With the help of some clever children and gas tax reserve money, the Patchett Street Park Playground is well on its way to joining LeBourdais and South Quesnel Park as a cornerstone play centre for Quesnel.
Known for its big red slide, which West Quesnel children have excitedly barrelled down since its construction in 1998, Patchett Street Park was earmarked for upgrading in 2015, when all the city’s parks were reviewed.
While it has long been one of the city’s most popular parks, the slide, which is its main attraction, has become faded, burned in some places and is often the target for vandalism.
When the city’s 2018 capital budget was prepared, $200,000 was approved to rebuild the park and consultation was planned with some local children, who are to be its primary users.
After sending some design elements in advance to a couple of teachers, the Grade 5, 6, and 7 students from Voyageur Elementary School were assembled and asked for their input on the neighbourhood play area.
Mayor Bob Simpson addressed them like he would any consultation committee and provided some parameters.
They had to look at the safety features of the play area, think about the fun aspects that they would like to include and they also had to keep in consideration that there would be costs and, as such, limitations.
“The kids wanted all the features,” Mayor Simpson says,“and we had to tell them to limit their choices, but they were great!”
While they have come to love the big red slide and were hoping to keep it, the poor condition of the playground element meant that it could not be incorporated into the new plans.
A slide that uses the natural hill feature was seen as a necessity, however, so a metallic chute will be included.
The park does not currently have swings, so the initial designs didn’t include them.
The students pointed out that they were missing and when asked whether they were important, agreed unanimously that they were.
Now two sets will be made available; the standard belt seat as well as a more accessible type.
A crow’s nest and tree-house structure will be linked by a rope bridge, so many pirate or jungle scenarios can be acted out in great detail.
Climbing features with rope ladders and half-sphere steps will dot the hill, so rubberized flooring needs to be incorporated for safety’s sake.
This has brought the budget up to $370,000, which may have raised some eyebrows.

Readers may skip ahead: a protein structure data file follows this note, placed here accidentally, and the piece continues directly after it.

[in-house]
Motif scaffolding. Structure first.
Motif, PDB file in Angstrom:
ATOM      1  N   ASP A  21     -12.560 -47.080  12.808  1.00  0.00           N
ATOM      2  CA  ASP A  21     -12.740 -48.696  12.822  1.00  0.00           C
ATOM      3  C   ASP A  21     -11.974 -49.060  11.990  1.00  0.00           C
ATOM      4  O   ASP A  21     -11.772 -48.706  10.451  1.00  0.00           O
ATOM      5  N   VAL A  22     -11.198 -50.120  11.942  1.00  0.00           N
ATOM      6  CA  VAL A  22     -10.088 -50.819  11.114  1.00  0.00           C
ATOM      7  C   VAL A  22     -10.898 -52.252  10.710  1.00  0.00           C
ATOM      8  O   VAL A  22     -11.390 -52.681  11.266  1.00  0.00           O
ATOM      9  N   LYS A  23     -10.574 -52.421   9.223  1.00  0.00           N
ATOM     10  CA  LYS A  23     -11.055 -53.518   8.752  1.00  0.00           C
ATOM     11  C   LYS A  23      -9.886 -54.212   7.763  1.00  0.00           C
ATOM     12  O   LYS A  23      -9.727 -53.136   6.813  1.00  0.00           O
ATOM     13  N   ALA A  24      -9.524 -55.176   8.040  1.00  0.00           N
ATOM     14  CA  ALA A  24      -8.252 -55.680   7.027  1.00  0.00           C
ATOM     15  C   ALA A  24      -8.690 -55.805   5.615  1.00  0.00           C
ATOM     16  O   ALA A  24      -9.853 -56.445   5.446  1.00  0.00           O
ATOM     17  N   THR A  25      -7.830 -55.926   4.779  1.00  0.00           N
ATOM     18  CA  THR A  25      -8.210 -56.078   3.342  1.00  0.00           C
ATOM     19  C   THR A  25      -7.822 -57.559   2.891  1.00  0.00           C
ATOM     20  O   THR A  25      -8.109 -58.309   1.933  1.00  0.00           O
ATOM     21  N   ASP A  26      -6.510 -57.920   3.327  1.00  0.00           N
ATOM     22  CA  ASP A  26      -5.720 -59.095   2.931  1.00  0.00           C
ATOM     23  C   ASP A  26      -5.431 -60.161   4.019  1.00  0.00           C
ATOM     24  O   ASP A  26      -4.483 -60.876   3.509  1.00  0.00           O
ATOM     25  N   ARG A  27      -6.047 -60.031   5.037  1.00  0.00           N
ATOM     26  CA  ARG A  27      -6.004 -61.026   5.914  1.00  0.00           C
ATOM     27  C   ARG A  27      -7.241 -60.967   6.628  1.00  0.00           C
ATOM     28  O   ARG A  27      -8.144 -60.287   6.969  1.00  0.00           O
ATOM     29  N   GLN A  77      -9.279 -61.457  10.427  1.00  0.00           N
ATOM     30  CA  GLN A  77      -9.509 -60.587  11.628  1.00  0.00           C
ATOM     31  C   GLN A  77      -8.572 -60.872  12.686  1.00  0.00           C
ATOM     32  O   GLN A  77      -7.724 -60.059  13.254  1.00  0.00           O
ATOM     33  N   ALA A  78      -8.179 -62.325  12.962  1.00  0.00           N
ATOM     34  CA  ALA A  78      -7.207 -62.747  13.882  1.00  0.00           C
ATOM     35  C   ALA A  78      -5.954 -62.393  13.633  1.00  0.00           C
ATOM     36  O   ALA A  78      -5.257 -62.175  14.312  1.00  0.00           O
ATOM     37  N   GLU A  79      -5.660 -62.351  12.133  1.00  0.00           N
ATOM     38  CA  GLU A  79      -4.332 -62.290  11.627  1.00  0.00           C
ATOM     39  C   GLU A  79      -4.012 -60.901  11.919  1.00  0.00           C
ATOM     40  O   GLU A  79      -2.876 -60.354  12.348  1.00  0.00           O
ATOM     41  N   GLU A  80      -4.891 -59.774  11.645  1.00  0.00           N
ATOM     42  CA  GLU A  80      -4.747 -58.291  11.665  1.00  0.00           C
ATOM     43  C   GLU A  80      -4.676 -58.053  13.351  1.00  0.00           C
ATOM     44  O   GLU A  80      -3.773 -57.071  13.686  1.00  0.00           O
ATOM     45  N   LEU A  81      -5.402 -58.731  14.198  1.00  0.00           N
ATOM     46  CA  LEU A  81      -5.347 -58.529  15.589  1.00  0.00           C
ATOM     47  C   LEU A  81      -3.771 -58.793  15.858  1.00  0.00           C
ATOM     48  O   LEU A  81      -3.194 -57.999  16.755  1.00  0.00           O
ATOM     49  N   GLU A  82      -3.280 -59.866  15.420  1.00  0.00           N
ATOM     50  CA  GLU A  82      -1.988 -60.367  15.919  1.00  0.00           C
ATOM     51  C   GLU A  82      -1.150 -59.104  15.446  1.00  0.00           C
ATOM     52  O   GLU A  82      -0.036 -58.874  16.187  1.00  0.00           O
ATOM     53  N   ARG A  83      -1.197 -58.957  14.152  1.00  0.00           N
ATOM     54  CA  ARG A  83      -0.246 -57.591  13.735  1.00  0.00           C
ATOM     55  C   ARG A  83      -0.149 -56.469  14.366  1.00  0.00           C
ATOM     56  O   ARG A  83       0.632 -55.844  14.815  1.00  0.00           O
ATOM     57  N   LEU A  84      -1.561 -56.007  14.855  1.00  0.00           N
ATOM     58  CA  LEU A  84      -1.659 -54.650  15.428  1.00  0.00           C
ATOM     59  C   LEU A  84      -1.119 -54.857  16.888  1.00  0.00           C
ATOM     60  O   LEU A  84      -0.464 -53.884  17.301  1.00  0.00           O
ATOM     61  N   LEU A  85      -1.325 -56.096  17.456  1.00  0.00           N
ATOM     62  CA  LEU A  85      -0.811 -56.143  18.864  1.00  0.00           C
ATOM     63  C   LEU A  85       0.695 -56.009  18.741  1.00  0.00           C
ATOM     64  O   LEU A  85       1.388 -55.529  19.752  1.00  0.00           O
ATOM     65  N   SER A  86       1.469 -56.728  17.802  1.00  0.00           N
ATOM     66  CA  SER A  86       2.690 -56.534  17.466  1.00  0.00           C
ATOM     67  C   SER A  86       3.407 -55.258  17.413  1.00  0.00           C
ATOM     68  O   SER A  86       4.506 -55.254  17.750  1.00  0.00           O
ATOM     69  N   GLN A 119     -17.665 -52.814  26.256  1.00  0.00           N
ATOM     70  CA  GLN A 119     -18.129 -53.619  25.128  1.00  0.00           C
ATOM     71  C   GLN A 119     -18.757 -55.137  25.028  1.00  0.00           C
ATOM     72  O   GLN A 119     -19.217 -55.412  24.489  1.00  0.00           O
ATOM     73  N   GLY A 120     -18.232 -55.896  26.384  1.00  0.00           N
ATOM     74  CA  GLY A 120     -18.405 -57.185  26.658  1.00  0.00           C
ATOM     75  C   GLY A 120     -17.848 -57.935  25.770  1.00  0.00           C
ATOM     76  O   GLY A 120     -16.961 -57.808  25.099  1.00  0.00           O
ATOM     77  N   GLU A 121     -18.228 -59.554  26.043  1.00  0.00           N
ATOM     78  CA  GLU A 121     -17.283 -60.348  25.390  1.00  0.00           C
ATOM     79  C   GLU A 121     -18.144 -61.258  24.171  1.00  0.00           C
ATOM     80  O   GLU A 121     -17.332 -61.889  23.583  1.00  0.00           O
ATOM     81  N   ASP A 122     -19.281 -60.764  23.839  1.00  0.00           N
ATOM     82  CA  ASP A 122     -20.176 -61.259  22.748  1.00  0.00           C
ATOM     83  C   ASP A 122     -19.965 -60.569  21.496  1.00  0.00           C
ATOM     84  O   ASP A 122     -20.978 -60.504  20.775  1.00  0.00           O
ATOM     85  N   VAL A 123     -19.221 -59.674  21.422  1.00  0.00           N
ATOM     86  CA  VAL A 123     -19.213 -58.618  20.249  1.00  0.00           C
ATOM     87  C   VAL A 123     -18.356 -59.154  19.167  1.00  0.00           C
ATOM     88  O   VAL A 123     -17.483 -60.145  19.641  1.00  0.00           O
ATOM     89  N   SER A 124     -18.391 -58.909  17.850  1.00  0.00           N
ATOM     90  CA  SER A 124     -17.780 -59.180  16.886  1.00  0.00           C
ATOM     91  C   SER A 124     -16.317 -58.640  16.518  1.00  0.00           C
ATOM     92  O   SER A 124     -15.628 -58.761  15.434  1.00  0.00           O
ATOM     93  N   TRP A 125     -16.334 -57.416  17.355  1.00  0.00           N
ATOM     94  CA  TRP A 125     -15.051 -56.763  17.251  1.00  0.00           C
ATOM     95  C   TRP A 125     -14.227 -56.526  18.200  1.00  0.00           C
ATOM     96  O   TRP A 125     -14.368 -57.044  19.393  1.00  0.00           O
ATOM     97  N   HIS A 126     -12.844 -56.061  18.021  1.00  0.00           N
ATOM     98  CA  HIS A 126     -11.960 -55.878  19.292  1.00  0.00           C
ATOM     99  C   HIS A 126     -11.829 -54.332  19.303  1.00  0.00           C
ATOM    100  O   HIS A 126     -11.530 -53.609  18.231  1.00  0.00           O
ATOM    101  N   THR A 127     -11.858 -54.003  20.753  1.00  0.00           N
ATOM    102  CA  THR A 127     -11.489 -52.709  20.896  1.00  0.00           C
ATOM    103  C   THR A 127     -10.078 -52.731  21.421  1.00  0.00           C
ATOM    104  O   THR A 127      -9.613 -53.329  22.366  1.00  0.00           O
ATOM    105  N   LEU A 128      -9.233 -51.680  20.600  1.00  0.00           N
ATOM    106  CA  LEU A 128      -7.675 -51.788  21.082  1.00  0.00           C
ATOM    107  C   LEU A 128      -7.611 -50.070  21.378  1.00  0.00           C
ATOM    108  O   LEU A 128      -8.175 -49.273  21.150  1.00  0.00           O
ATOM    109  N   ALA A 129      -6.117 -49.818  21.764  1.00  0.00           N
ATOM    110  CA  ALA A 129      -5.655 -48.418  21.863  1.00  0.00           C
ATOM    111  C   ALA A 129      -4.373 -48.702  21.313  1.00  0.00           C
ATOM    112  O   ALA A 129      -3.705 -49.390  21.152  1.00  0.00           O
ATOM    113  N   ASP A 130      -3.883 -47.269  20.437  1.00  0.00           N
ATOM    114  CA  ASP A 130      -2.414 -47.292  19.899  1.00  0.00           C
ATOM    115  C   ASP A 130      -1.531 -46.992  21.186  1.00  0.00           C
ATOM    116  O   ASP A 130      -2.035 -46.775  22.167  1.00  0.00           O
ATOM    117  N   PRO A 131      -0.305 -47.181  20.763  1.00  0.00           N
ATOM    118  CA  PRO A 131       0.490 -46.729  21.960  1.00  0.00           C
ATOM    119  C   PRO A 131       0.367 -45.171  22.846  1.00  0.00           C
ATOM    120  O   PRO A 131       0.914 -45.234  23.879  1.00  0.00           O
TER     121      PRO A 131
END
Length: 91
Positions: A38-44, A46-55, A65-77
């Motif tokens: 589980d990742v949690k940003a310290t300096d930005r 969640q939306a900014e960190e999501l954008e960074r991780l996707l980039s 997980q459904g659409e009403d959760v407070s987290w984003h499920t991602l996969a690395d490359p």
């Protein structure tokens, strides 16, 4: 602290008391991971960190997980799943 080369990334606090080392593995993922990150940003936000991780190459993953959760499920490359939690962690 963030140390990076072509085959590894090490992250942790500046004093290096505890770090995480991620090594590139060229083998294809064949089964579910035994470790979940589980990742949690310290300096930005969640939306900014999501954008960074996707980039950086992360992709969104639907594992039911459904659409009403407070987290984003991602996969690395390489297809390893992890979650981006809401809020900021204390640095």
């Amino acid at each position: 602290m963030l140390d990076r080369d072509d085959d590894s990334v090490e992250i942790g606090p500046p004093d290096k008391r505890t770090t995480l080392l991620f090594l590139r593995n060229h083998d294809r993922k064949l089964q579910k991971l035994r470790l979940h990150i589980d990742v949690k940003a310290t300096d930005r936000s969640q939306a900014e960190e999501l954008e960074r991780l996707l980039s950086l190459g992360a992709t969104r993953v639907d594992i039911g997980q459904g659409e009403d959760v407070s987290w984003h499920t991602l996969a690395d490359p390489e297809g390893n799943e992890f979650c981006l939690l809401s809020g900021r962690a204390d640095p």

But in addition to providing safety features, the investment will pay off by attracting and retaining young families, says Simpson.
“The toughest segment of the population are in that 25- to 40-year-old age group,” he says.
“We want to bring them in and retain them during those family years, and building amenities really pays dividends.”
He adds Quesnel wants to be an active community and having children who are active is an important part of making that happen, so if the playground is shortchanged, everyone is shortchanged in the long run.
“These are federal dollars, they’re not property-tax dollars,” he points out, when discussing where financing for the park will come from.
“We get an annual allocation under the gas fund and because of the budget changes we were able to accomplish, we have freed those gas tax dollars up to be able to developed into things like this.”
“This is the last big playground in our five-year-program [to upgrade the city’s parks], and council always knew we might have to come back to this, so we put $200,000 as a placeholder on our budget, knowing that later we would have to come back to put in a more realistic amount.”
The city is hoping that an application made to the Tire Stewardship Community Grant program will cover approximately $25,000 of the resurfacing costs.
The construction of the new park is also going out as part of a competitive bid process, so it is quite possible the final amount spent won’t be quite as high as the budget after all.
If all goes according to plan, the existing structure will be removed in August with construction finished by end of September.
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